Figure 1. Chondrocalcinosis (CC) cartilage shows less severe histological cartilage destruction. (A) Representative images for the tibial plateau of healthy controls, as well as osteoarthritis (OA) and CC patients (the black square indicates the main loading area and region of sampling). The quantification of radiological OA was performed using the Kellgren–Lawrence Score [CC (3.0 ± 0.19), N = 27; OA (3.9 ± 0.09) N = 11, t-test p = 0.0075]. (B) Representative pictures of cartilage sections stained with Safranin-Orange (middle). Quantification of histological OA severity in the tested OA and CC cohorts [healthy: 0 (N = 6), CC: 2.4 ± 0.14 (N = 24) and OA: 3.5 ± 0.13 (N = 10), one-way ANOVA: F(2,37) = 71.69, p < 0.0001]. (C) Representative pictures of von Kossa-stained cartilage sections. Quantification of cartilage calcification from von Kossa staining [healthy: 0.03 ± 0.01 (N = 6, n: 1–2), CC: 2.02 ± 0.7 (N = 27, n: 1–2), and OA: 0.07 ± 0.02 (N = 11, n: 1–2), one-way ANOVA: F(2,76) = 4.389, p = 0.01]. (D) Representative von Kossa staining of synovial membrane from OA and CC patients, with quantification of calcification [t-test: CC: 1.35 ± 0.4 (N = 27) and OA: 0.006 ± 0.004 (N = 11)]. (E) Quantification of synovitis in CC and OA patients using the Krenn Synovitis Score [t-test: CC: 3.6 ± 0.4 (N = 27) and OA: 6.2 ± 1.2 (N = 5)]. The scale bar indicates 500 μm. *p ≤ 0.05, **p ≤ 0.01.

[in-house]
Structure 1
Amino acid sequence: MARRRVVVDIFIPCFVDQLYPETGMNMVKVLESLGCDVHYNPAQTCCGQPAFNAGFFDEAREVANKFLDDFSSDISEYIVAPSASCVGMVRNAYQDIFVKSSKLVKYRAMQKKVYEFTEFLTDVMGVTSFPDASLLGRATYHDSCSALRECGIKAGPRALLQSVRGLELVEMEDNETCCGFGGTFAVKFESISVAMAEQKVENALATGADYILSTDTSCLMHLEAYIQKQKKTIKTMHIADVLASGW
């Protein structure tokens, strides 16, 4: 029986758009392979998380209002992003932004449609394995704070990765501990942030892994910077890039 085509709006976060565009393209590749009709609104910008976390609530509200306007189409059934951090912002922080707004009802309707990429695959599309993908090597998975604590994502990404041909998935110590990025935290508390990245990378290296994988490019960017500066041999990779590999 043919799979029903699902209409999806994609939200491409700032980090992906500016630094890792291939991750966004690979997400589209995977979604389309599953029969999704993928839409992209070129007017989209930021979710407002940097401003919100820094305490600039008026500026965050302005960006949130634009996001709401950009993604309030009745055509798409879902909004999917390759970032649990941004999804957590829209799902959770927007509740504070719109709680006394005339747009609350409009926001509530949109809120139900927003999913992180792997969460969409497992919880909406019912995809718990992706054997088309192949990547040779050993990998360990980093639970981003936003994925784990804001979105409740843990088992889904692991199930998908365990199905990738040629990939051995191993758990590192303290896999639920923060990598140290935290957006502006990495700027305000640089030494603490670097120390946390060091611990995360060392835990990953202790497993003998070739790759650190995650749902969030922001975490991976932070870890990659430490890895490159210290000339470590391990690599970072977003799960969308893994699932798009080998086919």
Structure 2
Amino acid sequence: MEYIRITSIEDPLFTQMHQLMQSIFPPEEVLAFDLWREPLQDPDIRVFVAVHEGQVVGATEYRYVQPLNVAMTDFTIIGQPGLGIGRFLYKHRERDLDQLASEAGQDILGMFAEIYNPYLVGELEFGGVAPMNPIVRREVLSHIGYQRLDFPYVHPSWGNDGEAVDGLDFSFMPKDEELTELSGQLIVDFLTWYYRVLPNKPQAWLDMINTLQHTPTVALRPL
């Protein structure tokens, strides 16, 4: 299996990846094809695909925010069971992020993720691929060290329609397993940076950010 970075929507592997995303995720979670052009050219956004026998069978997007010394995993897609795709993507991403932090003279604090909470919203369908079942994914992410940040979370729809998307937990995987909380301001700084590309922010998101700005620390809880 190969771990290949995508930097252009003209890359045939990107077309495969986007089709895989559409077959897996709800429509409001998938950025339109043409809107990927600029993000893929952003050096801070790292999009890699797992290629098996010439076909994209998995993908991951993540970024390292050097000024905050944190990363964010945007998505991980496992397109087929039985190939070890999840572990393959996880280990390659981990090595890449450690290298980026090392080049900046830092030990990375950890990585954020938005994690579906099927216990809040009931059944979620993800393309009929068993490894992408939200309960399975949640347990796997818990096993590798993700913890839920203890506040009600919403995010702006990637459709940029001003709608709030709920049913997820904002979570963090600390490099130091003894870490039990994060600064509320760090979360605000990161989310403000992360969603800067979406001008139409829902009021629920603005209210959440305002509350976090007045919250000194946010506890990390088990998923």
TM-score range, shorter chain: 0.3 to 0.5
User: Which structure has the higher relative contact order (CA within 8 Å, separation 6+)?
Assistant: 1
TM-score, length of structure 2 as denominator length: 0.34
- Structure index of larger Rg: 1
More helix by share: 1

Chondrocytes in Chondrocalcinosis Cartilage Do Not Show Increased Markers of Hypertrophic Differentiation